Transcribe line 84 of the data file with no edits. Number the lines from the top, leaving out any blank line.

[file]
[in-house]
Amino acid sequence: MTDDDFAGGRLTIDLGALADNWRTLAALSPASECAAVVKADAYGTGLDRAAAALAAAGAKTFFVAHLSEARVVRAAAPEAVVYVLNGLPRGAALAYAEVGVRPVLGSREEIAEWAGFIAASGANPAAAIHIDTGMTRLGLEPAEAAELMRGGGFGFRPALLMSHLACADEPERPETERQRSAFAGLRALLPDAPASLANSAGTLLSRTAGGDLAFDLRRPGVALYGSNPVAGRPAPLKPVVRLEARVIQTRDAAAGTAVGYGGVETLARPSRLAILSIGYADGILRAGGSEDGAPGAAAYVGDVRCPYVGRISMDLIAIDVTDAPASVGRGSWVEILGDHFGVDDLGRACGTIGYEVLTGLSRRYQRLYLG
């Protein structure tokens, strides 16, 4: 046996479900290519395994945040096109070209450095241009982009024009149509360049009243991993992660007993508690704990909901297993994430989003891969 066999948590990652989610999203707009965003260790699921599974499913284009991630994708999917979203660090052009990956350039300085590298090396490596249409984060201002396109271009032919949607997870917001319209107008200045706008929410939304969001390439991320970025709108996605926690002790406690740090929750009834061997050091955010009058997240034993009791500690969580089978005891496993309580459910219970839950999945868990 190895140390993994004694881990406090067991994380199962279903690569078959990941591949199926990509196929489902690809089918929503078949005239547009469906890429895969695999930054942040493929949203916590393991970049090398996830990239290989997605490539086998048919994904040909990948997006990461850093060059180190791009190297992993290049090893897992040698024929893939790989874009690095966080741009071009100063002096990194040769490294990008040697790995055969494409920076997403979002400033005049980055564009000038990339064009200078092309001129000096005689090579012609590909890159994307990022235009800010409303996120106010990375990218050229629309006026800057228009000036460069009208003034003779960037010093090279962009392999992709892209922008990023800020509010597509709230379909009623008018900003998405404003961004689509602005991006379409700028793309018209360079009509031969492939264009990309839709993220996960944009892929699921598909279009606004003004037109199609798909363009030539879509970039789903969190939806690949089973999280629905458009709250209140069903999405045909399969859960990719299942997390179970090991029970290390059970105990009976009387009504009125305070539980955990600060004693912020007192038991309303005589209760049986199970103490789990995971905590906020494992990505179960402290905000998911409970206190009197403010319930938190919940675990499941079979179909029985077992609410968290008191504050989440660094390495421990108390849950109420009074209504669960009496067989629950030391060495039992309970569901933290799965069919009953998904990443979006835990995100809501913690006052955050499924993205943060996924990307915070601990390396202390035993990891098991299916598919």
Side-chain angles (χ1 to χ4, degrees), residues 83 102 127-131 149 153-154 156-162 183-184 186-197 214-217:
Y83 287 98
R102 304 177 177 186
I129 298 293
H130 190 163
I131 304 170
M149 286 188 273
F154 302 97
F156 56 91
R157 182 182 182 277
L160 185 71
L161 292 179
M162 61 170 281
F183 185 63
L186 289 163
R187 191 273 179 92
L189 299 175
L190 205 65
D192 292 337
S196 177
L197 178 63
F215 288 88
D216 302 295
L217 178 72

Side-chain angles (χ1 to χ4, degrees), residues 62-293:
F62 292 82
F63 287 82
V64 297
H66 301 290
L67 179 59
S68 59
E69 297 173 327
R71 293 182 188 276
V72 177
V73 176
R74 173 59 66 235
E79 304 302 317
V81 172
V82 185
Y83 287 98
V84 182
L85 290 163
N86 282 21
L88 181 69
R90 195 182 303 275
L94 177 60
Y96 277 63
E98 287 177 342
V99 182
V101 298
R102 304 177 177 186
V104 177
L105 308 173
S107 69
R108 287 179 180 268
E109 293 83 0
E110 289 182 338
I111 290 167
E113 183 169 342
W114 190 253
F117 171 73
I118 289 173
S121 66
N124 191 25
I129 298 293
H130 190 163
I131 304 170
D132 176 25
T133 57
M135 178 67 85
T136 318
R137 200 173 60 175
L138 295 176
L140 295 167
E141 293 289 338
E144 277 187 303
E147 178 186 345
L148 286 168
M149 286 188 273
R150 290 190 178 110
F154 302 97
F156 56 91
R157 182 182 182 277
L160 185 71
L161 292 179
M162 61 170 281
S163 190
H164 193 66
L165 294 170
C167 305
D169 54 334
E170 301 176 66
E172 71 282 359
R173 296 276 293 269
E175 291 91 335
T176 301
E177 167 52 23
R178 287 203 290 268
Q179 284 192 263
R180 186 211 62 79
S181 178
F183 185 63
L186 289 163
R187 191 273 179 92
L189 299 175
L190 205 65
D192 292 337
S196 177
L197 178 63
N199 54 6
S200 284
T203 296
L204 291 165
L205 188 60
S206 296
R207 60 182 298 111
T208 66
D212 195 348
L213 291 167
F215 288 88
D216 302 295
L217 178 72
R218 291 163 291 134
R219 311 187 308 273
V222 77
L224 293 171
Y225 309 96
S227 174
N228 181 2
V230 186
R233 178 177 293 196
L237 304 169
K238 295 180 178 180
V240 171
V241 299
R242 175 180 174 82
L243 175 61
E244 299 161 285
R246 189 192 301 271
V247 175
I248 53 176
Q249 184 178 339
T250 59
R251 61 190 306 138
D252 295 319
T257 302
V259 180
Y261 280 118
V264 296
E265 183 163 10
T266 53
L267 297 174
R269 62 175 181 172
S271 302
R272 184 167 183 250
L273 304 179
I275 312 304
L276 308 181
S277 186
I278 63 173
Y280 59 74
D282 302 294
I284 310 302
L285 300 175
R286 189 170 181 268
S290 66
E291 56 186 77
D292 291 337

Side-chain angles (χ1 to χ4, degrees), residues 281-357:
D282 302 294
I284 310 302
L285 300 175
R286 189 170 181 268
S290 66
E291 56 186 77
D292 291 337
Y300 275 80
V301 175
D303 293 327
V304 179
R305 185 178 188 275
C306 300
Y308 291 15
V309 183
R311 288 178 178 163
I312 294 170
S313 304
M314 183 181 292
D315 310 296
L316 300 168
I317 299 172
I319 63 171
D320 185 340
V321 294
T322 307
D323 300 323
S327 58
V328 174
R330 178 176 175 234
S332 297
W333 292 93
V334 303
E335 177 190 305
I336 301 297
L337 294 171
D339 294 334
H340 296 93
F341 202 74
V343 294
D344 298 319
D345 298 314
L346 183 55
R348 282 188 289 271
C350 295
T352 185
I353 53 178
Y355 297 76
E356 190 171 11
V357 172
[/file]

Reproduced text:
F154 302 97